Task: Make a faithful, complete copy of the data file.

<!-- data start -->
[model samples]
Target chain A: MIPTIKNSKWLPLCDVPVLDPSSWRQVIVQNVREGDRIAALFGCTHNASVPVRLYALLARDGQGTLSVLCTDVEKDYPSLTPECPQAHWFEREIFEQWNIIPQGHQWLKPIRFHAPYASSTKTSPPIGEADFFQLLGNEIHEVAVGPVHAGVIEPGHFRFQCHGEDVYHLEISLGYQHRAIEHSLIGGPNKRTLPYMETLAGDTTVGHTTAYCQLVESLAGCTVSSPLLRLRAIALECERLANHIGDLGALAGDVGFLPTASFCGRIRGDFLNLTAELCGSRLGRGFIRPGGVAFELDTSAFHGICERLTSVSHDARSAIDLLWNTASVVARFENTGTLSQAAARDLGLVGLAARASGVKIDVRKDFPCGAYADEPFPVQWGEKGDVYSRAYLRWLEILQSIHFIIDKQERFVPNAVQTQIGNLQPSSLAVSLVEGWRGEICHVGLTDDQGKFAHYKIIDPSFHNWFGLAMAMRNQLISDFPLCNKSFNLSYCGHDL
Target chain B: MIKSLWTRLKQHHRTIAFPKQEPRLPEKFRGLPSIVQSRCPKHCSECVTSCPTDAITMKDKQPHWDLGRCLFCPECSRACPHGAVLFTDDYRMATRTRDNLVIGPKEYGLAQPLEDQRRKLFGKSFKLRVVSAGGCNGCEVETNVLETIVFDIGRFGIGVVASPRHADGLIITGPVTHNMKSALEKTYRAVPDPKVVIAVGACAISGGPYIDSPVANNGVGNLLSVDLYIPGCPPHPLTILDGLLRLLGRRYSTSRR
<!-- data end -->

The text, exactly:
[model samples]
Target chain A: MIPTIKNSKWLPLCDVPVLDPSSWRQVIVQNVREGDRIAALFGCTHNASVPVRLYALLARDGQGTLSVLCTDVEKDYPSLTPECPQAHWFEREIFEQWNIIPQGHQWLKPIRFHAPYASSTKTSPPIGEADFFQLLGNEIHEVAVGPVHAGVIEPGHFRFQCHGEDVYHLEISLGYQHRAIEHSLIGGPNKRTLPYMETLAGDTTVGHTTAYCQLVESLAGCTVSSPLLRLRAIALECERLANHIGDLGALAGDVGFLPTASFCGRIRGDFLNLTAELCGSRLGRGFIRPGGVAFELDTSAFHGICERLTSVSHDARSAIDLLWNTASVVARFENTGTLSQAAARDLGLVGLAARASGVKIDVRKDFPCGAYADEPFPVQWGEKGDVYSRAYLRWLEILQSIHFIIDKQERFVPNAVQTQIGNLQPSSLAVSLVEGWRGEICHVGLTDDQGKFAHYKIIDPSFHNWFGLAMAMRNQLISDFPLCNKSFNLSYCGHDL
Target chain B: MIKSLWTRLKQHHRTIAFPKQEPRLPEKFRGLPSIVQSRCPKHCSECVTSCPTDAITMKDKQPHWDLGRCLFCPECSRACPHGAVLFTDDYRMATRTRDNLVIGPKEYGLAQPLEDQRRKLFGKSFKLRVVSAGGCNGCEVETNVLETIVFDIGRFGIGVVASPRHADGLIITGPVTHNMKSALEKTYRAVPDPKVVIAVGACAISGGPYIDSPVANNGVGNLLSVDLYIPGCPPHPLTILDGLLRLLGRRYSTSRR